Britain reached a major milestone on Friday in its bid to join the Comprehensive and Progressive Agreement for Trans-Pacific Partnership (CPTPP) — a free trade area worth £8.4 trillion ($11.4tn) in gross domestic product.
Trade Secretary Anne-Marie Trevelyan, who is set to visit Asia next week to accelerate talks further, hailed the second and final phase of the UK’s negotiations with the trade bloc as “one of the largest and most exciting free-trade clubs in the world”.
It is the latest major move by “Global Britain” as it strives to become an international player on the global trade stage following its exit from the EU at the end of 2020, with a free trade agreement also in the pipeline with the GCC.
“Today’s announcement is a major milestone for us joining this dynamic group of economies and means the finish line is in sight,” Ms Trevelyan said.
“I look forward to visiting Asia next week and flying the flag for Global Britain by holding valuable trade talks with key partners across the Indo-Pacific region and pushing to secure CPTPP accession by the end of the year. This just one aspect of our Indo-Pacific strategy, which will benefit businesses and consumer across every part of the UK and help us to level up at home.”
Britain applied to join the trans-Pacific free trade pact between 11 countries in January last year, under the leadership of Liz Truss, who was trade minister at the time.
Since leaving the EU, Britain has made clear its desire to join CPTPP, which removes most tariffs between Australia, Brunei, Canada, Chile, Japan, Malaysia, Mexico, New Zealand, Peru, Singapore and Vietnam.
Joining the bloc could result in tariffs on 99.9 per cent of UK exports being slashed, opening up massive new trading opportunities for businesses across the UK.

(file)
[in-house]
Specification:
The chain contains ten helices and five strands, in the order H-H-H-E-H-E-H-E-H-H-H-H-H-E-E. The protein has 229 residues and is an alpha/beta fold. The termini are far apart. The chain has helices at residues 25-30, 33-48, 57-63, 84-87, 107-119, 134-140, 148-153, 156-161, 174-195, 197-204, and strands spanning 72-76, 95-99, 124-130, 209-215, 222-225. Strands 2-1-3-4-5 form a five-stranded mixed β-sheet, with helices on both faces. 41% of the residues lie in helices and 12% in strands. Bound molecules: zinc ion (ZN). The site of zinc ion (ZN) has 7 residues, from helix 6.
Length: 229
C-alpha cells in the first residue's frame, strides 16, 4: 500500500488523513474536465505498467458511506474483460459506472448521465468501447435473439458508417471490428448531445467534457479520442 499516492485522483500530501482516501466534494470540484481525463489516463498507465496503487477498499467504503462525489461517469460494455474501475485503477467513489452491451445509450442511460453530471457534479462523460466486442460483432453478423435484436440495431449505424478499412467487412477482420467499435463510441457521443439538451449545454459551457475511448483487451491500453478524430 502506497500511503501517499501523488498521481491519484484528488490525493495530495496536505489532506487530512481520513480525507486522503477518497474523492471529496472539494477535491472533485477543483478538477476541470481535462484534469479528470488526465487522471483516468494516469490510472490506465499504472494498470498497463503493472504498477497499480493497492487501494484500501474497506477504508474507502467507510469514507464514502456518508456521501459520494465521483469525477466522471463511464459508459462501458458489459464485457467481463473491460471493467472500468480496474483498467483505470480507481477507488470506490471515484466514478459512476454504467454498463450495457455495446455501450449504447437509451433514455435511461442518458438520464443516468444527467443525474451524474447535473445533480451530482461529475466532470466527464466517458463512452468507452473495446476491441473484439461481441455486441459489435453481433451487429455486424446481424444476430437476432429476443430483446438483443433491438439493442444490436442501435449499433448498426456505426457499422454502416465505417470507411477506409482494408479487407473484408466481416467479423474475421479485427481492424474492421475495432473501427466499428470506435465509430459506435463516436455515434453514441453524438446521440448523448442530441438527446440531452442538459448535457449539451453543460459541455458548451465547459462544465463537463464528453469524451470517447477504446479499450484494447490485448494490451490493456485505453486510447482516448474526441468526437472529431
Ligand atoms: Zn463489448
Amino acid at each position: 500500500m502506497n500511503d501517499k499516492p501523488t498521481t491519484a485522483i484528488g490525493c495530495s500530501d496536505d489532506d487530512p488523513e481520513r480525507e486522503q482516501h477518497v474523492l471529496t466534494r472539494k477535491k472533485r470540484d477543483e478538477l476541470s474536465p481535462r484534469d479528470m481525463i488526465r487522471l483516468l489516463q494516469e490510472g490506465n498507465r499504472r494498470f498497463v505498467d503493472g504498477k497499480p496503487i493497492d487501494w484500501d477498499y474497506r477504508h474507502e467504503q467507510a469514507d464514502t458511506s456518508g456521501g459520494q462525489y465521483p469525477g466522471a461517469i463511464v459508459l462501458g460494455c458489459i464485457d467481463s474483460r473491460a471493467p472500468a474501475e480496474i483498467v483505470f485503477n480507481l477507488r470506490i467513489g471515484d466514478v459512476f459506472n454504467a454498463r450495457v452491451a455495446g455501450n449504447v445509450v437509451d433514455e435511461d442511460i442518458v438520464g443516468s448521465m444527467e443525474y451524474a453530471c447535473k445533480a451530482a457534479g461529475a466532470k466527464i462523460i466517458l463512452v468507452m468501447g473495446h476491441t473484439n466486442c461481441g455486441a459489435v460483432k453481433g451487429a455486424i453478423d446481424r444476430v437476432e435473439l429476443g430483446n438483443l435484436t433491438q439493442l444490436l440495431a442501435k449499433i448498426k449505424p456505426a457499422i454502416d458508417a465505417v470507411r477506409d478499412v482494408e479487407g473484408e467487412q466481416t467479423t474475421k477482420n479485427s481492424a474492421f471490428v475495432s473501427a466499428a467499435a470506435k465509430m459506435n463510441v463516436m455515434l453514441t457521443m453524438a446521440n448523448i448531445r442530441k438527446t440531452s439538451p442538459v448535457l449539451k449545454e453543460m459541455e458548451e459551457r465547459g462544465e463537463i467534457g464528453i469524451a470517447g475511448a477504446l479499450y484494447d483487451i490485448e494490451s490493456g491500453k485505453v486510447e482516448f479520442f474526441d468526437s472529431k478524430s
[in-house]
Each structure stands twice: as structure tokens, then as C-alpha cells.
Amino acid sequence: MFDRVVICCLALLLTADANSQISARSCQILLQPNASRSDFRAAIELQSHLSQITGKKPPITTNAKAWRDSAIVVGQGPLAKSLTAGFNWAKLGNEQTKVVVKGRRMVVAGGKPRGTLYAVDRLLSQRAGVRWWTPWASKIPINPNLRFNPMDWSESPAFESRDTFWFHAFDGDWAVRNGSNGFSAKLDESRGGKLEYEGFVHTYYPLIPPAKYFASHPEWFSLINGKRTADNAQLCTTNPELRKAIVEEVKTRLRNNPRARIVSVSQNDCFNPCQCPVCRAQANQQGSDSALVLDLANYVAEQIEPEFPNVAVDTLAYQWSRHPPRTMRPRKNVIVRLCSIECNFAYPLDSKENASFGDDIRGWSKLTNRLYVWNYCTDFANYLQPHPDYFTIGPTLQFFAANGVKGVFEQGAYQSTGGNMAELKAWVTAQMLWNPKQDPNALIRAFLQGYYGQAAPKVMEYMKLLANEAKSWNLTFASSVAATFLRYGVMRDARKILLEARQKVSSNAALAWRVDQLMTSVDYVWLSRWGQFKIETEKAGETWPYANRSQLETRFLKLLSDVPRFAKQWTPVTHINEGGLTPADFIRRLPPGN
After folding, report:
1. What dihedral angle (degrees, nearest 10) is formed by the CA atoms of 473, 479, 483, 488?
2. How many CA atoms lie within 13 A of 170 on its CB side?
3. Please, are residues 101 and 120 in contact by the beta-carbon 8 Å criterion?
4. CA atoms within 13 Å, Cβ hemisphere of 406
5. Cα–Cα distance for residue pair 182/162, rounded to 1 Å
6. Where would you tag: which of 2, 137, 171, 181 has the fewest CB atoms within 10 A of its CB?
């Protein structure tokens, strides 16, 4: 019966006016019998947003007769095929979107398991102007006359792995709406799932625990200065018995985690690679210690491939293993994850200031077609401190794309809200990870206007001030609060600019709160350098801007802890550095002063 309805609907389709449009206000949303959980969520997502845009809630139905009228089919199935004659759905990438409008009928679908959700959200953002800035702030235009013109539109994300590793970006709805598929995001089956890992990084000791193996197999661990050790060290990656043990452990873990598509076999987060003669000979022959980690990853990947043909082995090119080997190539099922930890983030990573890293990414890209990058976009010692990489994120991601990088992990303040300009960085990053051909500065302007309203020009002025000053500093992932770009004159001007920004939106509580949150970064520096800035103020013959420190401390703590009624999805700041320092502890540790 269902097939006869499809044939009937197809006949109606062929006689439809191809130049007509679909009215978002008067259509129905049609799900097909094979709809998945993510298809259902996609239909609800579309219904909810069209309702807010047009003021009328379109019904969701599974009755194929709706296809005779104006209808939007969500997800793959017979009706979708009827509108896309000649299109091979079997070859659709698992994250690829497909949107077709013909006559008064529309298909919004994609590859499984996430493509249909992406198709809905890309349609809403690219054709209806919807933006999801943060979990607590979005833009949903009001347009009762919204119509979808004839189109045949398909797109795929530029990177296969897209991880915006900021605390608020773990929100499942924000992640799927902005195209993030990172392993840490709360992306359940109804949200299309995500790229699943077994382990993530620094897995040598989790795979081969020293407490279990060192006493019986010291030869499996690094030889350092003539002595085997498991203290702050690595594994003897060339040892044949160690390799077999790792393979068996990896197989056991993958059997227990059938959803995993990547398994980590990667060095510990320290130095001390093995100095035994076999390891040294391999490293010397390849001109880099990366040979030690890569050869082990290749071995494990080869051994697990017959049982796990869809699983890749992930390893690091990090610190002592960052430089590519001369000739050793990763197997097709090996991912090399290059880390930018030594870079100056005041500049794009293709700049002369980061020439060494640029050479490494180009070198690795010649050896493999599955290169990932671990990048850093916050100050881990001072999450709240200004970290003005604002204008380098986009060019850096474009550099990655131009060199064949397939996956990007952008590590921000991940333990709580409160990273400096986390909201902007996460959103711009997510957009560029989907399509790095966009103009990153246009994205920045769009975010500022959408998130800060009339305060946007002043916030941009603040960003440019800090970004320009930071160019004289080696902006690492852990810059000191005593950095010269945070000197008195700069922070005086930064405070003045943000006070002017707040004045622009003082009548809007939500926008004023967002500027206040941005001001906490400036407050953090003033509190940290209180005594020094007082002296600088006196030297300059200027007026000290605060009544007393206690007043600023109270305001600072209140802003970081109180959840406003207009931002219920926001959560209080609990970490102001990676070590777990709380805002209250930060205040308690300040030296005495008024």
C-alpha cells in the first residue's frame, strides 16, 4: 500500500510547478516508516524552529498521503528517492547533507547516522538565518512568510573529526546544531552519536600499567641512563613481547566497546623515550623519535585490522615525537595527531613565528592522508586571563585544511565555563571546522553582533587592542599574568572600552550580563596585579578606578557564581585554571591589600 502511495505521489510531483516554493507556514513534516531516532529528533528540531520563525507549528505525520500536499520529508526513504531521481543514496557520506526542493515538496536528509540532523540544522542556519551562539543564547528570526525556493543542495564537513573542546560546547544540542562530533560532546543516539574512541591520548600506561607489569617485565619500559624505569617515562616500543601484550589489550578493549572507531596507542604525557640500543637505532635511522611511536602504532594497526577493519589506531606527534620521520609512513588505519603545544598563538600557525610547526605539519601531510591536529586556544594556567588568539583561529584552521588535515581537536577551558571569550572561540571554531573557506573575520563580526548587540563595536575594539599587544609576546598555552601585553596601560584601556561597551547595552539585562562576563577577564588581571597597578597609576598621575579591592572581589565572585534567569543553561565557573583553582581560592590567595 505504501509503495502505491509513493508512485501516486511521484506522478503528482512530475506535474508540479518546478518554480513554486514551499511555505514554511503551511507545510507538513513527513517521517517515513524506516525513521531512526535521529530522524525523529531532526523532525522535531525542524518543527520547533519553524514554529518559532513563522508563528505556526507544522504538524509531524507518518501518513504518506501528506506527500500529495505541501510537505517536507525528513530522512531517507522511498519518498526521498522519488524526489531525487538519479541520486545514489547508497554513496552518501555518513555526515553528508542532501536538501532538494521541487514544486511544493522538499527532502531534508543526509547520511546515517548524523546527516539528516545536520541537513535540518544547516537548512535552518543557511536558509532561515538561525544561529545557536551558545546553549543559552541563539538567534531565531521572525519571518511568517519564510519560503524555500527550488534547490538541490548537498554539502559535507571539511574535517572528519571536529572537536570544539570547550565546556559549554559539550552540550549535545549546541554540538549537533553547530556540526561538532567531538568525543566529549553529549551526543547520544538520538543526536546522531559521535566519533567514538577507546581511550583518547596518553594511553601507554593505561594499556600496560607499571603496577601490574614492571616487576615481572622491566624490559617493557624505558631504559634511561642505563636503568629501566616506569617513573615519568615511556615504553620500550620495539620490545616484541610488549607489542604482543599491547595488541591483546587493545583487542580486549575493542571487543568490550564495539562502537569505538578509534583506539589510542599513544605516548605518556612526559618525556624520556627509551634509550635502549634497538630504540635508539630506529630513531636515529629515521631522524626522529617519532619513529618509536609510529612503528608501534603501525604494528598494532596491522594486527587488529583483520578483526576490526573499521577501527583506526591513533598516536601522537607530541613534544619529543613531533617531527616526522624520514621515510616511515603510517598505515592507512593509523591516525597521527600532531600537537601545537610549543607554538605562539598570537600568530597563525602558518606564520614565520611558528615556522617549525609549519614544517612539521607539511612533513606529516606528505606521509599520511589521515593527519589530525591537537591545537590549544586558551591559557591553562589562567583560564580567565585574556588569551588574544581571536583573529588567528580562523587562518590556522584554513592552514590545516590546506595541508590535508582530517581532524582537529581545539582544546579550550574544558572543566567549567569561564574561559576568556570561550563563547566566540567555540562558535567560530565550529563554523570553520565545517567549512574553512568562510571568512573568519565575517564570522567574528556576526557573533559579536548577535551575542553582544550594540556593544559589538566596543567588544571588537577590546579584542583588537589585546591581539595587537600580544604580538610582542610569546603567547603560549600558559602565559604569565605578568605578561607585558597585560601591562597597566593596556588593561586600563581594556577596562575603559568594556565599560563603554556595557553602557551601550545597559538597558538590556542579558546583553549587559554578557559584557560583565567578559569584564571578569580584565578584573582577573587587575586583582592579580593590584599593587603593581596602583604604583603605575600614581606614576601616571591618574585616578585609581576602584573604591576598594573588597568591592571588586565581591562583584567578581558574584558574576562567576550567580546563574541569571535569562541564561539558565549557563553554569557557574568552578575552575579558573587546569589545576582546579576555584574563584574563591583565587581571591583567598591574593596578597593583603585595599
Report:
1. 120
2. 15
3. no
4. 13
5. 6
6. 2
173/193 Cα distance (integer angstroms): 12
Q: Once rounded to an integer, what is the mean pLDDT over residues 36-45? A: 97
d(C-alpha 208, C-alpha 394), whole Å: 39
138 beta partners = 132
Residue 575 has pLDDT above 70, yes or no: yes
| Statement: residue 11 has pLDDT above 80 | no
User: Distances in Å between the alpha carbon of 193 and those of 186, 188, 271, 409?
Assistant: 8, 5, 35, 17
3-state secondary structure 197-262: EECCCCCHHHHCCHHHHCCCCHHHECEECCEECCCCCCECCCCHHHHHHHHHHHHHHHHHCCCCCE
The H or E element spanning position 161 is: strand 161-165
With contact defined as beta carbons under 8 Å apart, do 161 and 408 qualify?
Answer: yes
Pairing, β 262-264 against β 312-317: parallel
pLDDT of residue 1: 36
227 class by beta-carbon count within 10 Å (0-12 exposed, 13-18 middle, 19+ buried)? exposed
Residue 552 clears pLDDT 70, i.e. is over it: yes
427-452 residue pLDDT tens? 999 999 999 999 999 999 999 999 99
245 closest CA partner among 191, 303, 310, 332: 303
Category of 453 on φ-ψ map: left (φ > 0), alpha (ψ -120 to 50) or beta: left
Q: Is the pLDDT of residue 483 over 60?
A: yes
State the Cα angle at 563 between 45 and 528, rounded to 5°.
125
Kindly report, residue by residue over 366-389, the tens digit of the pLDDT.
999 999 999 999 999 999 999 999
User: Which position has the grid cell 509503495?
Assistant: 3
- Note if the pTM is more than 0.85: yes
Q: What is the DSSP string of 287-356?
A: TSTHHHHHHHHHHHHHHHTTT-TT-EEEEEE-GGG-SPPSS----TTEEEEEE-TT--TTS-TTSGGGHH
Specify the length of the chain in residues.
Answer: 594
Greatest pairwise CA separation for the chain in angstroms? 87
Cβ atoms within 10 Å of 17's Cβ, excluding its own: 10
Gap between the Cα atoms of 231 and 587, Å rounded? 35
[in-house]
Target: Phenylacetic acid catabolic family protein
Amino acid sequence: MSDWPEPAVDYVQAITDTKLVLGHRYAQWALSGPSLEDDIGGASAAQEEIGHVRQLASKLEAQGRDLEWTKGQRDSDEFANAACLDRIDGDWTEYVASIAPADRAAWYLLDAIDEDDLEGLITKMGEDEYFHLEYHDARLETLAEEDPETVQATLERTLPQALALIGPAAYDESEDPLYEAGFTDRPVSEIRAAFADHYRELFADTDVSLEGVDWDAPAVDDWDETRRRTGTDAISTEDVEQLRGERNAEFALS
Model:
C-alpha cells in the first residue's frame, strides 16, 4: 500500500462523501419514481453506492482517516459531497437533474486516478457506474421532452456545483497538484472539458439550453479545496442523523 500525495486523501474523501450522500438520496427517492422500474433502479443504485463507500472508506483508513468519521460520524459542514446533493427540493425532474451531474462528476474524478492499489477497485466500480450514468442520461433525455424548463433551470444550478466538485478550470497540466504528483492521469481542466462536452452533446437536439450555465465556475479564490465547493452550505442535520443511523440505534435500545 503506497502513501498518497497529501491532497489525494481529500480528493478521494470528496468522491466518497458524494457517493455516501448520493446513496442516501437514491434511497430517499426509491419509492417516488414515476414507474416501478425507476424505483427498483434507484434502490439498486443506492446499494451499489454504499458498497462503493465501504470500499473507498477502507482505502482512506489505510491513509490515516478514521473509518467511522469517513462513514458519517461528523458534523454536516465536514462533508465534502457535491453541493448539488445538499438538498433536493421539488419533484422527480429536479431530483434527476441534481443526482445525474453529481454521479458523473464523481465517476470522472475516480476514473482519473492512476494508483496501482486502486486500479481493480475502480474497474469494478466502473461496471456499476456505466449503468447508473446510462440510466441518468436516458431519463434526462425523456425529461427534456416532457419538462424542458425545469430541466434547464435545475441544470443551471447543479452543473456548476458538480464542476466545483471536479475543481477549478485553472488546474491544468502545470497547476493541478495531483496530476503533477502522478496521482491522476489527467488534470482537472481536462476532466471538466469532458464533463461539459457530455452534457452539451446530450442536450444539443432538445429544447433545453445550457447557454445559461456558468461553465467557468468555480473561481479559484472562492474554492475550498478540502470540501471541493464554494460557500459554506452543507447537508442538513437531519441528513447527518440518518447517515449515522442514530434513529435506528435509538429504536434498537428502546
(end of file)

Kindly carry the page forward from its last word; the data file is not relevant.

Confirmation on the UK reaching the next stage of the process came from Japan, before Ms Trevelyan’s visit to Indonesia, Japan and Singapore next week to oversee the final accession stage and deepen trade ties throughout the Indo-Pacific region.
The government said the move to the final stage of the process indicates that the UK has successfully demonstrated it has a high-standards, fair trading economy, with new guarantees of access to services markets set to boost UK exports.
Other benefits include the potential for Britain to expand its digital reach in the global marketplace and make it easier for some UK exports to qualify for preferential tariff treatment.
CPTPP membership will also support the government’s levelling-up agenda, with the West Midlands, Scotland and Northern Ireland expected to gain the most.
Wales will receive a £53 million boost to its Gross Value Added from the pact, with £45m for Northern Ireland and £163m for Scotland.
“Global trade is pivotal for levelling up our regions, and this deal could unlock opportunities with countries contributing more than £100bn to our economy. It will also give the UK a chance to play a leading role in shaping standards,” said Lord Karan Bilimoria, president of the Confederation of British Industry.